Federation Brings National Funding To KC For COVID Needs

The struggles of the newly poor come in all shapes and sizes: Jewish families turning to Jewish social service agencies for help paying electricity and mortgage bills. Isolated Jewish seniors on fixed incomes who, for the first time in their lives, are facing food insecurity and mental health issues exacerbated by social isolation.

In response to this, Jewish Federation of Greater Kansas City has spent the last 100 days seeking new and increased investments into its annual campaign, in order to earn national matching dollars to provide extra funding for local programs serving exactly these purposes: help paying utility bills, food security and mental health support.

Thanks to a $54 million Human Services Relief Fund coordinated by Jewish Federations of North America, any increased, new or dedicated money raised by Jewish federations from September through year end, up to $36 million total, is being supplemented by another 50% in funding contributed by seven Jewish philanthropic foundations: the Maimonides Fund, the Charles and Lynn Schusterman Family Foundation, Crown Family Philanthropies, the Mandel Foundation, the Singer Family Foundation, Leslie and Abigail Wexner, and the Wilf Family Foundation.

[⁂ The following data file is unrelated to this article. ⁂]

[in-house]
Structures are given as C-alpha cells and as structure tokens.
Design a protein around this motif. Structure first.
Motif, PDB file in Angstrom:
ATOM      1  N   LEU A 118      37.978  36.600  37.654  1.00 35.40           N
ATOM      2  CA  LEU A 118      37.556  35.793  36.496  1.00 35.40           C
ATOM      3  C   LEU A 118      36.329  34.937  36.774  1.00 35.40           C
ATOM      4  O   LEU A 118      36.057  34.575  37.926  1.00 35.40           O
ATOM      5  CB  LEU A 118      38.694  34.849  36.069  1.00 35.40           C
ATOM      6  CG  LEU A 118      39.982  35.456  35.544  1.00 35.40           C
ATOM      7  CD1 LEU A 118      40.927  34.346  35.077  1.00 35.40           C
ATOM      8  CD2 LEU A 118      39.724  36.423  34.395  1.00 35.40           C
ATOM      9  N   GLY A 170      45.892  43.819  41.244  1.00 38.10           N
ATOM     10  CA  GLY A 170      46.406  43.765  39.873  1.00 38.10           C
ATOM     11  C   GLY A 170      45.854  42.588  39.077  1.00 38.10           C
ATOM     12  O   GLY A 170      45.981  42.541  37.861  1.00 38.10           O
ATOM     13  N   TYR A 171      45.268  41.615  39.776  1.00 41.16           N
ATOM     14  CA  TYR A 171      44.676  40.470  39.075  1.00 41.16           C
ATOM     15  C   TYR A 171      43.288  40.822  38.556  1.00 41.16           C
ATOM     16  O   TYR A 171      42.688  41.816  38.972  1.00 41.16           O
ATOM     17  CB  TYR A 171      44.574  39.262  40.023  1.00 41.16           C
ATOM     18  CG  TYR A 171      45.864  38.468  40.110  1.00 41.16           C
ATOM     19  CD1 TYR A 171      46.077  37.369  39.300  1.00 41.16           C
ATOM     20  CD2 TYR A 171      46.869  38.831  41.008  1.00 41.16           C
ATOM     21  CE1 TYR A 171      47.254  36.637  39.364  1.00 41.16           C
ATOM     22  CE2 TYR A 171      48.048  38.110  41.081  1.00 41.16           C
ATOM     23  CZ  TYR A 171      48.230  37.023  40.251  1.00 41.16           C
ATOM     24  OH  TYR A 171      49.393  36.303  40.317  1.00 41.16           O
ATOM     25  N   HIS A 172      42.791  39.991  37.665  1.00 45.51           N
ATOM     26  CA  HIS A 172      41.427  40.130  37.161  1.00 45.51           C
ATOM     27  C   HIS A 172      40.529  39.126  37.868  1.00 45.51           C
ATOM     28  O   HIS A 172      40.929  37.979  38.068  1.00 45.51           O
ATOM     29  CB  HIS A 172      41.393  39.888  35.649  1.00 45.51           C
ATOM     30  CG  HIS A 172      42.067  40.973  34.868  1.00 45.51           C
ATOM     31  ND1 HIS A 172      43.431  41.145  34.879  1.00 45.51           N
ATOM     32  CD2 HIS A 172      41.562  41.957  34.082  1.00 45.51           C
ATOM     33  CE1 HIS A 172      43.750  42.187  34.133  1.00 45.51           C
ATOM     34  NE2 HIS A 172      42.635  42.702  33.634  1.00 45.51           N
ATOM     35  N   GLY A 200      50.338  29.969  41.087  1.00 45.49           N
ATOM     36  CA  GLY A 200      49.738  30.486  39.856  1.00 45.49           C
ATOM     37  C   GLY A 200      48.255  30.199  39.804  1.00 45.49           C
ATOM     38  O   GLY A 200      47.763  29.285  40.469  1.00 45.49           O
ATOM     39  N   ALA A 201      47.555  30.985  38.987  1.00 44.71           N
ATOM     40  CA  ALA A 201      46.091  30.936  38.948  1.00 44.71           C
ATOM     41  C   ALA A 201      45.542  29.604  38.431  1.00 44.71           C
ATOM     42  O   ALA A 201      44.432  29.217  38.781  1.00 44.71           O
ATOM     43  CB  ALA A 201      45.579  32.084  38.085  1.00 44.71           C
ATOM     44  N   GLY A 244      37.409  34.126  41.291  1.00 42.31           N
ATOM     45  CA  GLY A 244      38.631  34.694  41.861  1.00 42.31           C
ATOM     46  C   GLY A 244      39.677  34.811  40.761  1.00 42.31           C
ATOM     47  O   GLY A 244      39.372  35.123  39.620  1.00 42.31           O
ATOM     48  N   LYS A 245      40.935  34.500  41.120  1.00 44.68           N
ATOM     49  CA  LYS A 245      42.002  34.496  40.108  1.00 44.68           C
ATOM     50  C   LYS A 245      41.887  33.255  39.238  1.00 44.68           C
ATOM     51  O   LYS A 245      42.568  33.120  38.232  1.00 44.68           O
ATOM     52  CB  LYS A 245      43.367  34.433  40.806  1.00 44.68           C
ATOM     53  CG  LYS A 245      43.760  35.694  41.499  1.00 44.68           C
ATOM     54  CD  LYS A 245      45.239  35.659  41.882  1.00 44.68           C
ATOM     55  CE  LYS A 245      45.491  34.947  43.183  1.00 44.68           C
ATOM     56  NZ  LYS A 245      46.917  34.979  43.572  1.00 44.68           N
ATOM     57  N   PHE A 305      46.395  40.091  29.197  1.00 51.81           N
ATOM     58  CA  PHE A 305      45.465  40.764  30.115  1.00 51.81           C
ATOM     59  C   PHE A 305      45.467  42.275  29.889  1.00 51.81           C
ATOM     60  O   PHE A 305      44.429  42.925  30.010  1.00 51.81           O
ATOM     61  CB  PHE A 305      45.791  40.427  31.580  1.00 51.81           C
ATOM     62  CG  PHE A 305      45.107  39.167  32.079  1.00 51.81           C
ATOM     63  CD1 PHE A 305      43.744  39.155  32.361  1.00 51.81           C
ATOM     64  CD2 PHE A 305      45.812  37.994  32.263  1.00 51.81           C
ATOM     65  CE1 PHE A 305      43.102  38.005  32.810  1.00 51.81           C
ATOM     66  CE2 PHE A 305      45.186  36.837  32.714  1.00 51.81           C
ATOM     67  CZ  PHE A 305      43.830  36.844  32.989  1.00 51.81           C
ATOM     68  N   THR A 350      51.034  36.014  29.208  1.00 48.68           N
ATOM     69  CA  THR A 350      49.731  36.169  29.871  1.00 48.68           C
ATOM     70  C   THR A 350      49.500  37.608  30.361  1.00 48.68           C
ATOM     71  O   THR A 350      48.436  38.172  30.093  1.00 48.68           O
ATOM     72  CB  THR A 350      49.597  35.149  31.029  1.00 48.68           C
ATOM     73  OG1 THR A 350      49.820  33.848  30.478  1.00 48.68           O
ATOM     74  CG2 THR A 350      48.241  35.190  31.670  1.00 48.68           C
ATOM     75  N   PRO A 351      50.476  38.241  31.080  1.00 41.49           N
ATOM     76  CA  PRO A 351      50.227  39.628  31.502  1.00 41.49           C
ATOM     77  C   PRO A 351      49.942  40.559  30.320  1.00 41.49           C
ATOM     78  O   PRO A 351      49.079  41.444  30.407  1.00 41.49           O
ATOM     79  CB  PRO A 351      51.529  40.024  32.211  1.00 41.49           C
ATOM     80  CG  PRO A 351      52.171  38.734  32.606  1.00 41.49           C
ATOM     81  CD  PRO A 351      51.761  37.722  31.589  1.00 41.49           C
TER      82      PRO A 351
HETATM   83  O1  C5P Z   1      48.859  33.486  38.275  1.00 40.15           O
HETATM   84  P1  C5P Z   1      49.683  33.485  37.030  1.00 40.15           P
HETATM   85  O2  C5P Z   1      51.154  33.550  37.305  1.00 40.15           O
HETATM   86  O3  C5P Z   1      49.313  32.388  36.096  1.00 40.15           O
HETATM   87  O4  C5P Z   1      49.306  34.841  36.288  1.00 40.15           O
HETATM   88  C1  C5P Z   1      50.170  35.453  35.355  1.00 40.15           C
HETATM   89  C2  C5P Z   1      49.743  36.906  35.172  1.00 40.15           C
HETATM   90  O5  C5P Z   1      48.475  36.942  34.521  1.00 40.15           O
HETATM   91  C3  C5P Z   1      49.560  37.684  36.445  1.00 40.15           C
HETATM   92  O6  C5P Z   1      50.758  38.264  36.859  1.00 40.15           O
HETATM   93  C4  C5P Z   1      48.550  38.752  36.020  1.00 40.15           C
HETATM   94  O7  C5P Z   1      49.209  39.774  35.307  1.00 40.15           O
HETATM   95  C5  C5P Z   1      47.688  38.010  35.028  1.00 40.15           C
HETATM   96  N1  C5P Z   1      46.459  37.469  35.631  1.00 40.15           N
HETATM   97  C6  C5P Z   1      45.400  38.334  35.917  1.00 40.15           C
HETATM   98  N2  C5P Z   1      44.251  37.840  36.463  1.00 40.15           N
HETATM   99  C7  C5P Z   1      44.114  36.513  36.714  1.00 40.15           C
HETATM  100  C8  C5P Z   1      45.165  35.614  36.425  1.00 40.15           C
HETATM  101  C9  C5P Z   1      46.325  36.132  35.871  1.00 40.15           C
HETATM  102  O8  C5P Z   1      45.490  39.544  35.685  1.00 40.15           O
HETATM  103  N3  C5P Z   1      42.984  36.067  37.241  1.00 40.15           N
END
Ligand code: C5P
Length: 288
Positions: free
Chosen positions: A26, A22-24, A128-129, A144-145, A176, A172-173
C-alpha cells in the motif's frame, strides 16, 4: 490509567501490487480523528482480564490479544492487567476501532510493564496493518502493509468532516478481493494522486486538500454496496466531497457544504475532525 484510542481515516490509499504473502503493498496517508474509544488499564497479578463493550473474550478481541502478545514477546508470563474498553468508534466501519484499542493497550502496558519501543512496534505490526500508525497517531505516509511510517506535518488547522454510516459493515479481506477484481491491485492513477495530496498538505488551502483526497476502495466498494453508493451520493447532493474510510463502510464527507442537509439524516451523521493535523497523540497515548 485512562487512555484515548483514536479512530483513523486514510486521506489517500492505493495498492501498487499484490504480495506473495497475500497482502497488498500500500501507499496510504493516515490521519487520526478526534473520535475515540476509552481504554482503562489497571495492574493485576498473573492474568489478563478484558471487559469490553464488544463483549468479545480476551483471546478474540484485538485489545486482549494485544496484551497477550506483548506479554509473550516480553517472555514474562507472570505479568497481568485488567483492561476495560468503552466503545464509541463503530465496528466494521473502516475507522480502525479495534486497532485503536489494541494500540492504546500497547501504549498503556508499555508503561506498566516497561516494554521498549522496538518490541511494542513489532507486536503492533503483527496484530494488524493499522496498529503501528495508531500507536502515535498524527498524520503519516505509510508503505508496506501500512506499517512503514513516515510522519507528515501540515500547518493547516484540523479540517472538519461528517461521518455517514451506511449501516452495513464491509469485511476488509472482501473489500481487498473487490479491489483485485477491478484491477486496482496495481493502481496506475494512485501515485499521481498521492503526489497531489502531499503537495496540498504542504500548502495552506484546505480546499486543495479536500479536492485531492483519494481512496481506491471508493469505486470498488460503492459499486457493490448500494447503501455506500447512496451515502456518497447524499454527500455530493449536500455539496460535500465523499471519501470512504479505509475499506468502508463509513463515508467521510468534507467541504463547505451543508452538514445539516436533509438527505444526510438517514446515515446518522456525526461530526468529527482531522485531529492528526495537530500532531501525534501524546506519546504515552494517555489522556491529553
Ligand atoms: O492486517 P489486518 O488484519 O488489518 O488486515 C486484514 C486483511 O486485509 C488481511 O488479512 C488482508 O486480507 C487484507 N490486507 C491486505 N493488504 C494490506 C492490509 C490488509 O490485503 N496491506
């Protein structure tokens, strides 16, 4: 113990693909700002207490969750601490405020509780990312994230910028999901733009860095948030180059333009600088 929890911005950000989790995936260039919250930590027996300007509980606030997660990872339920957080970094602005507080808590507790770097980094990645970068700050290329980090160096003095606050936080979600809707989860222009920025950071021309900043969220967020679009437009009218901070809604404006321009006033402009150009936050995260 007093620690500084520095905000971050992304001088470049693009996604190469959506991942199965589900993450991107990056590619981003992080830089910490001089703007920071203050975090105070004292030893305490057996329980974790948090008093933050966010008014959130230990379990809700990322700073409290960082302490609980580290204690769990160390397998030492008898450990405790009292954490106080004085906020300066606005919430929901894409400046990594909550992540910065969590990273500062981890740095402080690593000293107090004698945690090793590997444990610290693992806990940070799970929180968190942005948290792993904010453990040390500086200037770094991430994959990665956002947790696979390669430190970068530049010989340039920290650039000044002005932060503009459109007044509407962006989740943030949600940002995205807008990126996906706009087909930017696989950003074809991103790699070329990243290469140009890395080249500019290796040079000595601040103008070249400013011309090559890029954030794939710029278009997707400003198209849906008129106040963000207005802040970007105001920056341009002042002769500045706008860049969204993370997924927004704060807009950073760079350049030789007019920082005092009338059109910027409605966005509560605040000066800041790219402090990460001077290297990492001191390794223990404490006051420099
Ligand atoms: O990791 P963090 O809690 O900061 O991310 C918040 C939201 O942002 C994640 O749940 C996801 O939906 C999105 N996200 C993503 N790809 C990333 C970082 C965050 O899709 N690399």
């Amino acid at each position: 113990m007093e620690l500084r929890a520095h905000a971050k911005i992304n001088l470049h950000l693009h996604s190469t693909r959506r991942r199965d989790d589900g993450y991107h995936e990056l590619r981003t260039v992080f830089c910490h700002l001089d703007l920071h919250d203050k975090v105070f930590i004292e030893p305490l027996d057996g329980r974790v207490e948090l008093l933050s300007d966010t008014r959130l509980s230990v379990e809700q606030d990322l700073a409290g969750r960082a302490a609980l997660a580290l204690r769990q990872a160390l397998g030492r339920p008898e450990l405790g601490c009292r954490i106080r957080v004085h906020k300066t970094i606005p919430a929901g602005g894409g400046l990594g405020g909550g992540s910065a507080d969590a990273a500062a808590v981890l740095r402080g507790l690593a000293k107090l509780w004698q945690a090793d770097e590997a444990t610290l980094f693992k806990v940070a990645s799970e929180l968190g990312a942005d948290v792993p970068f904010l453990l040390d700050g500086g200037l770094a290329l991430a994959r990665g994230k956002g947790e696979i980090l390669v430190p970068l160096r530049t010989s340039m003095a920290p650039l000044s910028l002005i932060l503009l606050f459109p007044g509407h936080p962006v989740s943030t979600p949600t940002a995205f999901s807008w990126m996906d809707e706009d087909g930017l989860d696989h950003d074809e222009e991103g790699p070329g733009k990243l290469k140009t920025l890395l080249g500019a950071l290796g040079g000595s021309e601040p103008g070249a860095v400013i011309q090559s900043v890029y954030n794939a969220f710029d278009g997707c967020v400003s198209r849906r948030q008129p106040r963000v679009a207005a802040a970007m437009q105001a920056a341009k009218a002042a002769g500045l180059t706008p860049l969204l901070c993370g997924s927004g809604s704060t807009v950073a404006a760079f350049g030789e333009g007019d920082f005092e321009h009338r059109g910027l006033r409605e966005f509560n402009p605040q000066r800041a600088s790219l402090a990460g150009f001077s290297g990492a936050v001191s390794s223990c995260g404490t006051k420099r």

“As the pandemic dragged on, our board grew increasingly concerned about the impact on the most vulnerable members of the Jewish community,” said Mark Charendoff, Maimonides Fund’s president. “We wanted to create an opportunity that would help local communities meet those needs.”

When the chance to leverage local generosity into national matching dollars came up, Jewish Federation of Greater Kansas City immediately took action, sharing the message in one-to-one conversations with donors and creating marketing campaigns like its November Giving Week effort.  

Now, at year end, Federation has raised some $222,000 in new and additional funds, translating to a national match of $111,000—all new money coming from outside Kansas City to give extra funding to local programs like the Chesed Fund, KC Kosher Meals on Wheels and to purchase personal protective equipment for Village Shalom.

Read the full article on the Kansas City Jewish Chronicle's website >>>